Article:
COVID-19 has created strong incentives for investment in digital infrastructure in Latin America, especially in 5G, private networks, data centers and fiberoptic cables
In Latin America and the Caribbean, adopting digital solutions has been promoted as a unique opportunity to increase productivity and unlock solutions to sustainable development goals.
While the headline-grabbing responses to COVID-19 in emerging markets have been the production and dissemination of accessible and affordable vaccines,1 the post-pandemic reality of increased remote working and importance of virtual connectivity has prompted and accelerated investments in digital infrastructure. In Latin America and the Caribbean (LAC), following the coronavirus pandemic in particular, adopting digital solutions has been promoted as a unique opportunity to increase productivity and unlock solutions to sustainable development goals by facilitating access to finance, education and health.2 Notable examples such as Brazil’s Clinical Telemonitoring Center, which provides integrated digital health services to facilitate the tracking of COVID-19, and Jamaica’s digital platform for climate risk management developed by the Caribbean Climate Innovation Center illustrate the unique role digital technologies can play in tackling development needs. The World Bank estimates the digital economy is equivalent to 15.5 percent of global gross domestic product (GDP), growing two-and-a-half times faster than global GDP over the past 15 years, and that in certain emerging markets a 10 percent increase in mobile internet penetration may translate to a 2.5 percent increase in GDP.3
Considerable investments are needed, though, to build the infrastructure necessary in LAC to enable faster and more affordable access to mobile services and the internet. Government and multilateral efforts in the region have focused on connecting the unconnected, especially in rural areas, and improving data access through investments in backhaul infrastructure such as optical fiber. This article examines the particular challenges for financing digital infrastructure in LAC and the current key trends and opportunities for investment and financing.
Challenges of the digital divide
The LAC region is not unique in facing supply-and-demand-side constraints to digital transformation. As of 2019, just under half of the world’s population was still without internet access, the vast majority concentrated in emerging markets and principally in rural areas. This digital divide is particularly stark in LAC, however. A handful of countries such as Chile, Uruguay, the Dominican Republic and Costa Rica have more than 90 subscriptions per 100 inhabitants for mobile broadband, while the majority of Latin American countries are around 50 to 77 per 100 inhabitants and as low as 20 per 100 inhabitants in countries such as Cuba, Nicaragua and Guatemala. This divide is even more pronounced for fixed broadband connectivity.4
Several countries in LAC do not currently possess the necessary tools and environments to bridge the digital divide. Investment in basic, standard and advanced information and communication technology (ICT) skills is especially crucial. Such skills are severely lacking in most LAC countries, Chile being a notable exception. Cybersecurity skills are similarly in short supply, with the absence of regulatory frameworks posing additional constraints. Broadband connections in rural areas are a particular challenge, and one that cannot be easily addressed through deploying geostationary satellites due to the so-called “South Atlantic Anomaly.” As an unusually weak spot in the Earth’s magnetic field, which doses orbiting satellites with high levels of radiation, degrading their electronic components,5 this affects much of southern Latin America (see figure 1). Expanding connectivity into rural areas through fixed infrastructure (fiber or copper) requires high upfront capital costs, especially where challenging geographical terrains are involved (e.g., the Andean mountains, rainforests), while expanding mobile connectivity requires awarding and managing more spectrum. While most network operators in LAC were able to cope with the increased demand on their networks during the COVID-19 pandemic, these infrastructure gaps will hamper digital integration and accessibility in the region in the long-term if not addressed through large and sustained investments from private and public sector players.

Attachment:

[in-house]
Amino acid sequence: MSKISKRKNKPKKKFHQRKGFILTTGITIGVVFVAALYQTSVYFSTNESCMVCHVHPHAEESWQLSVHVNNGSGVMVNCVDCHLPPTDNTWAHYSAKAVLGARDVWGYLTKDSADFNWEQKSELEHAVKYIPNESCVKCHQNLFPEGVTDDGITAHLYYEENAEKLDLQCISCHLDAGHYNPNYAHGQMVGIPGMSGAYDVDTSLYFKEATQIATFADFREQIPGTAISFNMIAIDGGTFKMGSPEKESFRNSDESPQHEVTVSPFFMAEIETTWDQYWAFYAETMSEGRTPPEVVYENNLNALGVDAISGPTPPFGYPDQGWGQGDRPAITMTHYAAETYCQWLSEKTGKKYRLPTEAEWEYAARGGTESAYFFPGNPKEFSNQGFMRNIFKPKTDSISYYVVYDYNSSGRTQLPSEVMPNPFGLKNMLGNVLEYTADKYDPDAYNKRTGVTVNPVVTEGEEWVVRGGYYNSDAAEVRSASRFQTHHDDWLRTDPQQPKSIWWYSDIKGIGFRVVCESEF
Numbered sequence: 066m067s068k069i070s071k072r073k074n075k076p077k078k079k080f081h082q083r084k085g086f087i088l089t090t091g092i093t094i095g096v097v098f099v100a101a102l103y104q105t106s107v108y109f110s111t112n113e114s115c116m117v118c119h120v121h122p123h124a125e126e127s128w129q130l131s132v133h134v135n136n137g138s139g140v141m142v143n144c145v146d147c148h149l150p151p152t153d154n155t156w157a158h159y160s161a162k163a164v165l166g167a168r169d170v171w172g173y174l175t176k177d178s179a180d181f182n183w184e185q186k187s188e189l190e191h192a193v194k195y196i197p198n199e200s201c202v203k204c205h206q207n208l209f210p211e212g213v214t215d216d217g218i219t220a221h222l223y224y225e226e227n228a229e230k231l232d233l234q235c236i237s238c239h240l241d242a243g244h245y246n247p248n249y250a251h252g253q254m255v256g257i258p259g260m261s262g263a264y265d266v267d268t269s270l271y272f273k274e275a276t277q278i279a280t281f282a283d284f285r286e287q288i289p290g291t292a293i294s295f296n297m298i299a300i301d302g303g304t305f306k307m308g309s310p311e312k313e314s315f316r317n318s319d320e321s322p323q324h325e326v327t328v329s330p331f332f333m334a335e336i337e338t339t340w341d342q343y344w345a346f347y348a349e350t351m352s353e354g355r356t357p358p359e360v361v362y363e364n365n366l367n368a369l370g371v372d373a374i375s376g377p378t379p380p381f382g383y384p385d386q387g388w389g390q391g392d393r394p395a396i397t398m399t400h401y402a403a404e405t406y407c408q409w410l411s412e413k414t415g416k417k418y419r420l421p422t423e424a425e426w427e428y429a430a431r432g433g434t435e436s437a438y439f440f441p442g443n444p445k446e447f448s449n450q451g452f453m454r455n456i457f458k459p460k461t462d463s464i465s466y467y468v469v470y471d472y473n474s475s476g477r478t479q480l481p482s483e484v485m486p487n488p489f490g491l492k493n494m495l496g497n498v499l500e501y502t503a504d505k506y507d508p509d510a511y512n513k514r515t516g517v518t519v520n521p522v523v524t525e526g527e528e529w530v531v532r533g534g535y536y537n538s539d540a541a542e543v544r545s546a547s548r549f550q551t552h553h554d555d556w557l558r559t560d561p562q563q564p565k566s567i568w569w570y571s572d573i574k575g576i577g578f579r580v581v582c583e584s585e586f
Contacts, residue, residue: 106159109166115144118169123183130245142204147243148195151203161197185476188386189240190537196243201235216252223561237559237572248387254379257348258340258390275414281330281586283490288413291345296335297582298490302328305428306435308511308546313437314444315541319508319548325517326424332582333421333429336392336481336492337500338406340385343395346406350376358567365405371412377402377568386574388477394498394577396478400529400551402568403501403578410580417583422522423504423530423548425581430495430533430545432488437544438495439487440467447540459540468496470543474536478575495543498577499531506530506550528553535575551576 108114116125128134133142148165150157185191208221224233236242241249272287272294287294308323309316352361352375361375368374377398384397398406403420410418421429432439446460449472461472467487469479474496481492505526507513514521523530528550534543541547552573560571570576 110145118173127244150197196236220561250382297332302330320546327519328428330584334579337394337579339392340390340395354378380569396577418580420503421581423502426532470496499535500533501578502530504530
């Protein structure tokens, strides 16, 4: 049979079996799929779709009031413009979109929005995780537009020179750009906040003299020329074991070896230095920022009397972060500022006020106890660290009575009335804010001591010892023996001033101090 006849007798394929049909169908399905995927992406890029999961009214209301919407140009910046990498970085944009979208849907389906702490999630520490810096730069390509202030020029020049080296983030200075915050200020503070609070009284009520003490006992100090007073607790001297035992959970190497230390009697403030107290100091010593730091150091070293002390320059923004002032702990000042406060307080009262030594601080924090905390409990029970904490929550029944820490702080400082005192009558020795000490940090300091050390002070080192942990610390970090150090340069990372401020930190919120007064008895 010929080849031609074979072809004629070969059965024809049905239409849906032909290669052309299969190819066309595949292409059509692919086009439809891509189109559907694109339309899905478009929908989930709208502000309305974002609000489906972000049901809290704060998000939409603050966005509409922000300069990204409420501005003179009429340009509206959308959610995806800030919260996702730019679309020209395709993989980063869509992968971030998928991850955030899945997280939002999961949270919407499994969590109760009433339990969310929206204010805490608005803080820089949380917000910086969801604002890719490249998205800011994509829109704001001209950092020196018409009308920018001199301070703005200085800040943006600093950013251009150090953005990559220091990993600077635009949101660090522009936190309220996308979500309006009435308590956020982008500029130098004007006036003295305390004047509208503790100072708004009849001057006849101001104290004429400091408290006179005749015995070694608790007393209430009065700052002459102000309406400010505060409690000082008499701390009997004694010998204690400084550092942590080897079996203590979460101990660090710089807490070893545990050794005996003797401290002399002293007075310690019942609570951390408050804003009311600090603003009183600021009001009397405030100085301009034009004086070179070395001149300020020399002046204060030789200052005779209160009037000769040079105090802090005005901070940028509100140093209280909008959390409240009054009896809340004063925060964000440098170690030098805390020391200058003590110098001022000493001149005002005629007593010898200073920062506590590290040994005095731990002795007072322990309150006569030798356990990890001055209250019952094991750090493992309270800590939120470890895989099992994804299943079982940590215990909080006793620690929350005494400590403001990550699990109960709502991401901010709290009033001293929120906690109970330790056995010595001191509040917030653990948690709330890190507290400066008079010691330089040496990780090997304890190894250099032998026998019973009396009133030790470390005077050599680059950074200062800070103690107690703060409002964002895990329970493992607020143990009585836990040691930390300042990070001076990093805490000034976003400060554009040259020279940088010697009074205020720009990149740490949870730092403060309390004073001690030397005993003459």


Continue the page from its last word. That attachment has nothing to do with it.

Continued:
As the so-called 4th Industrial Revolution unfolds, digital infrastructure will fundamentally enable and drive economic growth and productivity in all regions across the globe.
Paradoxically, the realities of the post-COVID-19 environment have created strong incentives to accelerate investment in digitalization efforts. While LAC is one of the smallest regions, it is expected to have the fastest growth of interconnection bandwidth capacity anywhere in the world. By the end of 2021, the region expects a compound annual growth rate of 59 percent, which would mean more than 755 terabits per second (Tbps) of installed capacity (from a current level of 118 Tbps), though this will be largely concentrated in São Paulo, Rio de Janeiro, Buenos Aires and Mexico City.7 It is estimated that operators in Latin America will invest more than US$70 billion in capex between 2021 and 2025, of which the lion’s share will be 5G-specific.8 According to a study published in 2020 by IDC Latin America, 40 percent of the region’s GDP will consist of digital businesses by 2022. This will require IT spending of up to US$460 billion. Of this total, 35 percent will be invested in cloud computing solutions. Four main regional trends appear to be driving investments in this space: